One of the most sacred temples of Lord Shiva around the world, with its astounding beauty, stands a symbol of faith, religion, culture and tradition – The Pashupatinath temple. Tradition says it was constructed by Pashupreksha of the Somadeva Dynasty in the 3rd century B.C.; however there have been many legends in Indian mythology describing as to how the temple of Lord Pashupatinath came into existence. The present temple is the subtle work of architecture with its gold-plated roof, bejeweled doors, floral motifs and woodcarvings of the finest quality. The Pashupatinath temple is listed in UNESCO’s list of world heritage sites.
Standing about 24 meters above the ground, in the middle of an open courtyard, on the banks of the Bagmati River in the eastern part of Kathmandu, the capital of Nepal, the Pashupatinath temple is a square, two-tiered structure called a pagoda. On both sides of the richly ornamented, silver plated doors adorning each side, are niches containing gold-painted images of the guardian deities. In the central sanctum of the temple, is a 3 feet high, four faced Shivlinga with images of Vishnu, Surya, Devi and Ganesha. Outside sits the largest statue of Nandi the bull, the vehicle of Shiva.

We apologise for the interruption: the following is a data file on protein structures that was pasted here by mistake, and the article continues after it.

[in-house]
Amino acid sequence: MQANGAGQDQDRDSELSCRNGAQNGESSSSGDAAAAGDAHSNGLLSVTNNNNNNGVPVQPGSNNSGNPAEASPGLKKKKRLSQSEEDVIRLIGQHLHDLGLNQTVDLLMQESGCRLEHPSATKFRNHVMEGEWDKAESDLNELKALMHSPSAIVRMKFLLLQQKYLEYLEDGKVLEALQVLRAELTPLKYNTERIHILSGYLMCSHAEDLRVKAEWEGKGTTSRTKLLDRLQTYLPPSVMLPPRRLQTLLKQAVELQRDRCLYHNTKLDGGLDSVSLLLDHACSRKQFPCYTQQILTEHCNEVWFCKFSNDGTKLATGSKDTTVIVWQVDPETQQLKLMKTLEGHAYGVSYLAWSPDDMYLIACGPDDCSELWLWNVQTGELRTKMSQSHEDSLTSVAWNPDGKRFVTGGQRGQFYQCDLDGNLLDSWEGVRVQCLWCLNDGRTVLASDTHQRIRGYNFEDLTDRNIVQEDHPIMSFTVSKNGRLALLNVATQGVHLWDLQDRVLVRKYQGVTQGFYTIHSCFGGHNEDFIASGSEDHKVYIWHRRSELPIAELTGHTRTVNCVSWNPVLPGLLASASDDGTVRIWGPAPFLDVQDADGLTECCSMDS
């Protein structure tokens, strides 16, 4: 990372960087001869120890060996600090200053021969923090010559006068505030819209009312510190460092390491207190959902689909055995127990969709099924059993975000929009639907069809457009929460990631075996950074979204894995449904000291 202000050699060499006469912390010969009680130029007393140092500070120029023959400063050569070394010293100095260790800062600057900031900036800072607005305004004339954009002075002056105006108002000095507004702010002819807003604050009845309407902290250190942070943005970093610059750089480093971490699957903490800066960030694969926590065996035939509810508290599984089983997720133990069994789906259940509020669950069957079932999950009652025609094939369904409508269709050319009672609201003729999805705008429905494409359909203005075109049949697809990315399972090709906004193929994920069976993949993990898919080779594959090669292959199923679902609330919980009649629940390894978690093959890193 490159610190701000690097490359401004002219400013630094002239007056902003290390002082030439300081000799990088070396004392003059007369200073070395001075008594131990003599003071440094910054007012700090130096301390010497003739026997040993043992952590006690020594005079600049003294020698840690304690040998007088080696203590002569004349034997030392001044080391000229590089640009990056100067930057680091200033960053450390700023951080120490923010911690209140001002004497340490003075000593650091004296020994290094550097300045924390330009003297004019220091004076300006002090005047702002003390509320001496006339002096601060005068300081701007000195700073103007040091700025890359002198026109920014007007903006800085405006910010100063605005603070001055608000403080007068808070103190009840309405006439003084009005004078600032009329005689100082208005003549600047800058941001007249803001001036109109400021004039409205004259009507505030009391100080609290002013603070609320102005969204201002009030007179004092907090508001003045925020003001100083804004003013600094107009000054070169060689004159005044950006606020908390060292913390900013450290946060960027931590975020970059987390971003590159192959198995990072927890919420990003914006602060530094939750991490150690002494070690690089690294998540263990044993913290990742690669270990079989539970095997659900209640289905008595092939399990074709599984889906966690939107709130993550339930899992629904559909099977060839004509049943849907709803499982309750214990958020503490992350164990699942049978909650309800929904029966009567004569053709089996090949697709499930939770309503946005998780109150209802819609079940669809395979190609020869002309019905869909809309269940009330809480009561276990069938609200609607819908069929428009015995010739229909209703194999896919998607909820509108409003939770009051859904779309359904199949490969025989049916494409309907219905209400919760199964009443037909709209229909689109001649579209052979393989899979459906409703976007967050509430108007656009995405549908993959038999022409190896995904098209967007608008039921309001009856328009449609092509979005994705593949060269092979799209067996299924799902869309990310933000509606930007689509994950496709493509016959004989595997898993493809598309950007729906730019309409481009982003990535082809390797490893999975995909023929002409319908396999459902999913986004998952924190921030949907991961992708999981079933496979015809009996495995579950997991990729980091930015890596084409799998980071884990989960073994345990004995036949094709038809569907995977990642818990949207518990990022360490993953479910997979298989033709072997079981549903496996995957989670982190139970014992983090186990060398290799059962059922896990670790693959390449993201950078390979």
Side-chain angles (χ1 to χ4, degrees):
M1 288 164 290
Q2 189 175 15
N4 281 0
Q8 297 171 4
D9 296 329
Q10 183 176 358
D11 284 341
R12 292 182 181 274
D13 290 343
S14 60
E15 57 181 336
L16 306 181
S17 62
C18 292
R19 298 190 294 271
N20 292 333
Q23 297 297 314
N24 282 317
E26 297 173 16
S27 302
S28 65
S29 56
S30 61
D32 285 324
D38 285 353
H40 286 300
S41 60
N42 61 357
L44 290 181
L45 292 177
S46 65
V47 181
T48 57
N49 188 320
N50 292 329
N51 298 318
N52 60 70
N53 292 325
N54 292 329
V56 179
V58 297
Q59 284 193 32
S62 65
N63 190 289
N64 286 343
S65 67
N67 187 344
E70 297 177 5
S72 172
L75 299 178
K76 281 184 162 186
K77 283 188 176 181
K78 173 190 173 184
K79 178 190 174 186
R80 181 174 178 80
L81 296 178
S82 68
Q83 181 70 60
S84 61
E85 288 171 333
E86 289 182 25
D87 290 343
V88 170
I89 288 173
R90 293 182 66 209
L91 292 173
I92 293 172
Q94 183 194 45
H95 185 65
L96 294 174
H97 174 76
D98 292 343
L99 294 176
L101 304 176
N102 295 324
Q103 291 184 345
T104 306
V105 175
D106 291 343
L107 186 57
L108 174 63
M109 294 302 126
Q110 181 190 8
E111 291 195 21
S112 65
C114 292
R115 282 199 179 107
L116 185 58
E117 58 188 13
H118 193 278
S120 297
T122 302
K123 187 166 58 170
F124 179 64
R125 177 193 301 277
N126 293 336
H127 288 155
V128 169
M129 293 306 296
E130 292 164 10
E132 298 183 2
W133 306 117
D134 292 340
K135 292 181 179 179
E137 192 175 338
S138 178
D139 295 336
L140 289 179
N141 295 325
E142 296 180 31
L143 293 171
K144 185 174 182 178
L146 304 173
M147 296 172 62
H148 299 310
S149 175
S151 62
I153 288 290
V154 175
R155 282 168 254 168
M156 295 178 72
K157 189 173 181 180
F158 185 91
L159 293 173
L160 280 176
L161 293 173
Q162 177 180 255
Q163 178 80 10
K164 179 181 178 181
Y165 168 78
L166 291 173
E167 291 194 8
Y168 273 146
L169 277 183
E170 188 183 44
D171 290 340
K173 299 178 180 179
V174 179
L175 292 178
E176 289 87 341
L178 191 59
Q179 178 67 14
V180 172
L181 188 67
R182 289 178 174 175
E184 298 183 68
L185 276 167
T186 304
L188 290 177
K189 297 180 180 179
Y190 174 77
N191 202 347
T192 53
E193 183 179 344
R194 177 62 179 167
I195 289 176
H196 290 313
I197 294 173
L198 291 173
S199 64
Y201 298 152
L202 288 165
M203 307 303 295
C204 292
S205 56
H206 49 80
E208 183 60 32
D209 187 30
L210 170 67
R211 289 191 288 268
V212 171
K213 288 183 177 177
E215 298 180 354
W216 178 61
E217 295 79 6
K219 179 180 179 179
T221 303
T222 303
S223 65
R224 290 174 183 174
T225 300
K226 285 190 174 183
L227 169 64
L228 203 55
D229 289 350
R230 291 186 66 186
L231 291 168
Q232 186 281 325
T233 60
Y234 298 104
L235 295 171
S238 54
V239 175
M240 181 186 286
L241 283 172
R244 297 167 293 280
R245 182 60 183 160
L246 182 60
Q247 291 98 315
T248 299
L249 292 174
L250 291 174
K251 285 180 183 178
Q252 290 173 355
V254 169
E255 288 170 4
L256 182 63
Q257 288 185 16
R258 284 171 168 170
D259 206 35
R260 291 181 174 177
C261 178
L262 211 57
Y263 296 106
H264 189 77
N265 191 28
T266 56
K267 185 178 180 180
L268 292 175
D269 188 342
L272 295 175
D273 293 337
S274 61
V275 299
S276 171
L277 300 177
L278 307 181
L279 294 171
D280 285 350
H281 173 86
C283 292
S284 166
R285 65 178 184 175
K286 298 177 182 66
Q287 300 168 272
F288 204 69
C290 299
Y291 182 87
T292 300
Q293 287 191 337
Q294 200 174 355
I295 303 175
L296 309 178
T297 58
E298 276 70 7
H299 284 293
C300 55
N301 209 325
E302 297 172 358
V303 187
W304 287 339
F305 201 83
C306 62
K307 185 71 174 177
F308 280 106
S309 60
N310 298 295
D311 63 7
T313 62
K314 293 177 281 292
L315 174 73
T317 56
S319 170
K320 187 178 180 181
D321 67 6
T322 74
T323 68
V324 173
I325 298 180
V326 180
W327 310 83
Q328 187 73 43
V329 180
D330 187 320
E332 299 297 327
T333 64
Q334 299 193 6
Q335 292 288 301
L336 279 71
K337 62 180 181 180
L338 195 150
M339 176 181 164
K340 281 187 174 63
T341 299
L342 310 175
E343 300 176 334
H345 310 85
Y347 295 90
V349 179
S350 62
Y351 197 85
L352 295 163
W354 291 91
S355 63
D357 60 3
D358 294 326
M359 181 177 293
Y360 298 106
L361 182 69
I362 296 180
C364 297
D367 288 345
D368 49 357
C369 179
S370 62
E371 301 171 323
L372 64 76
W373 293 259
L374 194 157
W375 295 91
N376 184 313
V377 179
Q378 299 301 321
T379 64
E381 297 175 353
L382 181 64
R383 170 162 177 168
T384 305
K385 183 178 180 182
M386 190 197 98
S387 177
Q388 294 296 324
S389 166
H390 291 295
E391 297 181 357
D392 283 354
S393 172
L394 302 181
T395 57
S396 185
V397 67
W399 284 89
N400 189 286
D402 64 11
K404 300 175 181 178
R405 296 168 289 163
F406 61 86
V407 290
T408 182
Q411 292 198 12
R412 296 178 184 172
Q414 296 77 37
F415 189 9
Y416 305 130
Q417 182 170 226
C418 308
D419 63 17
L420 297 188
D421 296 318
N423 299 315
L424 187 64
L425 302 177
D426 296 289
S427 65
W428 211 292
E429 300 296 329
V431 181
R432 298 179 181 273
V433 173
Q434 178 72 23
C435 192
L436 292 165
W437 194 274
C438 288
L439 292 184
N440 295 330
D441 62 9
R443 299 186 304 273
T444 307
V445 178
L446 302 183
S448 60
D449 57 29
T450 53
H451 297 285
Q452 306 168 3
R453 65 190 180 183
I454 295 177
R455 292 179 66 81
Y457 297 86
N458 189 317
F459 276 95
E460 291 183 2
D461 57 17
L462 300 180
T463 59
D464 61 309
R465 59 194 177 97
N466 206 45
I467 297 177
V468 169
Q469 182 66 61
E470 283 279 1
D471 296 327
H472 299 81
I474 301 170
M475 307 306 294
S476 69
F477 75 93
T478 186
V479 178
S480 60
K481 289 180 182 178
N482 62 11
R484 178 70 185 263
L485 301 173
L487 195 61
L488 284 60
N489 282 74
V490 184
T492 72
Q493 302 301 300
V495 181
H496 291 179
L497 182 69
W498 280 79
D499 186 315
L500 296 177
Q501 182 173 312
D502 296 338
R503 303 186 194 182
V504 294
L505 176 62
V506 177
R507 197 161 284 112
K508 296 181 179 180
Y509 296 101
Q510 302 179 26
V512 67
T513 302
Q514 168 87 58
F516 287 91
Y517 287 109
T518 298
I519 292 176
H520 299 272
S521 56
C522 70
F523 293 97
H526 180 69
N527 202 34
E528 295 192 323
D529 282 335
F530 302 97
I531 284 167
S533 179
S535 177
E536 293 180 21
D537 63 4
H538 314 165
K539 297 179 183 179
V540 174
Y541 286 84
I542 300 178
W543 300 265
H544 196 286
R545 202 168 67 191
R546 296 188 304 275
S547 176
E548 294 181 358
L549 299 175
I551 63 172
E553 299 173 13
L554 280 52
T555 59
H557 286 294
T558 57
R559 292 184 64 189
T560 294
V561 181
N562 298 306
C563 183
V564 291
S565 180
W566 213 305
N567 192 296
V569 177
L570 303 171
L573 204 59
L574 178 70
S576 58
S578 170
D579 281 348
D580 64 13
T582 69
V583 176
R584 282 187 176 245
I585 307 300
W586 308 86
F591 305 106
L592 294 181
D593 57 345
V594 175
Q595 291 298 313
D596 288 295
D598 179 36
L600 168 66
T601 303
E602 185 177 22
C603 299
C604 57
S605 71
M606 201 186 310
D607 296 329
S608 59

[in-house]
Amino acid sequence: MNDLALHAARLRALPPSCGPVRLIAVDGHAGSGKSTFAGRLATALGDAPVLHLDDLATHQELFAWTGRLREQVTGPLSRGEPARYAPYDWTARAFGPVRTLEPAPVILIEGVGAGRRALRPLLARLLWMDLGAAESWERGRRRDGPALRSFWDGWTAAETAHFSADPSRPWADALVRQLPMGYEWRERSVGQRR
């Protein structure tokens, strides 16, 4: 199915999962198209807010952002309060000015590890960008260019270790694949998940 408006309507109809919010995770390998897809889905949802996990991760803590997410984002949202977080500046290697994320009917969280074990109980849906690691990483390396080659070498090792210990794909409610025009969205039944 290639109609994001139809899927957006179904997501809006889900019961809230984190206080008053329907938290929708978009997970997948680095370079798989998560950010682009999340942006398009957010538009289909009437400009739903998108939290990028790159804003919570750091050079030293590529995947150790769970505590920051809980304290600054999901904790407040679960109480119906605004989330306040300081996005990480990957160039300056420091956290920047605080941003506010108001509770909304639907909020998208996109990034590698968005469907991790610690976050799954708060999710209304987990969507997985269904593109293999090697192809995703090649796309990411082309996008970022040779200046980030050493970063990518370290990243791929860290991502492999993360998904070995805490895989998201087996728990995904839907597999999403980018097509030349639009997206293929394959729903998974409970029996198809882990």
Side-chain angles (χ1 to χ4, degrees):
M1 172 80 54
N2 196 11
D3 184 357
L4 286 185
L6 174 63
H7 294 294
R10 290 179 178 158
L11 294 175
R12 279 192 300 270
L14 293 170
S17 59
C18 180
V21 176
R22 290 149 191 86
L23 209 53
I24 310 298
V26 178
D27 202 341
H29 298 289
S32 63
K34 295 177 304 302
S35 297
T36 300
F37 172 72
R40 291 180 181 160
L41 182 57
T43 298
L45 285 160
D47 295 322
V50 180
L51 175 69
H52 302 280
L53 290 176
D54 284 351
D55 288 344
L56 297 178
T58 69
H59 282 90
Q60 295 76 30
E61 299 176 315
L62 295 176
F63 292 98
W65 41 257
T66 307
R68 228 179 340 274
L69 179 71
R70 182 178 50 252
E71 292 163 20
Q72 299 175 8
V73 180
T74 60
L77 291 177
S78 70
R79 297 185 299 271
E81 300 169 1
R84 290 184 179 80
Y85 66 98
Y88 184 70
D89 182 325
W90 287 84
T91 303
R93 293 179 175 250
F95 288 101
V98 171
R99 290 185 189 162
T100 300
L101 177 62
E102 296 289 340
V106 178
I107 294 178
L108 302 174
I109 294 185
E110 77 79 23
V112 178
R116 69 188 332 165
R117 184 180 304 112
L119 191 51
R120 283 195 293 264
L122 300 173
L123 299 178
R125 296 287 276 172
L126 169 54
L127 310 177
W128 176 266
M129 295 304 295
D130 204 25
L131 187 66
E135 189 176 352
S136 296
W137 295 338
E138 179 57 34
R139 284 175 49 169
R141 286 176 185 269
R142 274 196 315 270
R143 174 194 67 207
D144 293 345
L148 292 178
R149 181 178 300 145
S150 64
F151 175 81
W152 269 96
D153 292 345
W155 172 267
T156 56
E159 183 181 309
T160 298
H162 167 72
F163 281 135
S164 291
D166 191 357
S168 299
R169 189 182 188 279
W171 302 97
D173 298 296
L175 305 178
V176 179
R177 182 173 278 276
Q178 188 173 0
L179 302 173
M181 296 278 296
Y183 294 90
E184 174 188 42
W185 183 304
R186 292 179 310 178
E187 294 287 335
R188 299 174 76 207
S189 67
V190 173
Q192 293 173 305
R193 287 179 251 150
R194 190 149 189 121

Several festivals associated with ancient Indian culture are celebrated at the Pashupatinath temple. On auspicious occasions like HaribodhaniEkadashi, Balachaturdashi, Sankranti, Mahashivratri, TeejAkshaya, Rakshabandhan, Grahana (eclipse), Poornima (Full moon day) the temple takes on a festive atmosphere with thousands of devotees from different parts of Nepal and India visiting to pay homage to Lord Shiva.
A 45 minutes bus journey from Kathmandu and one is at the most sacred adobe of Lord Shiva.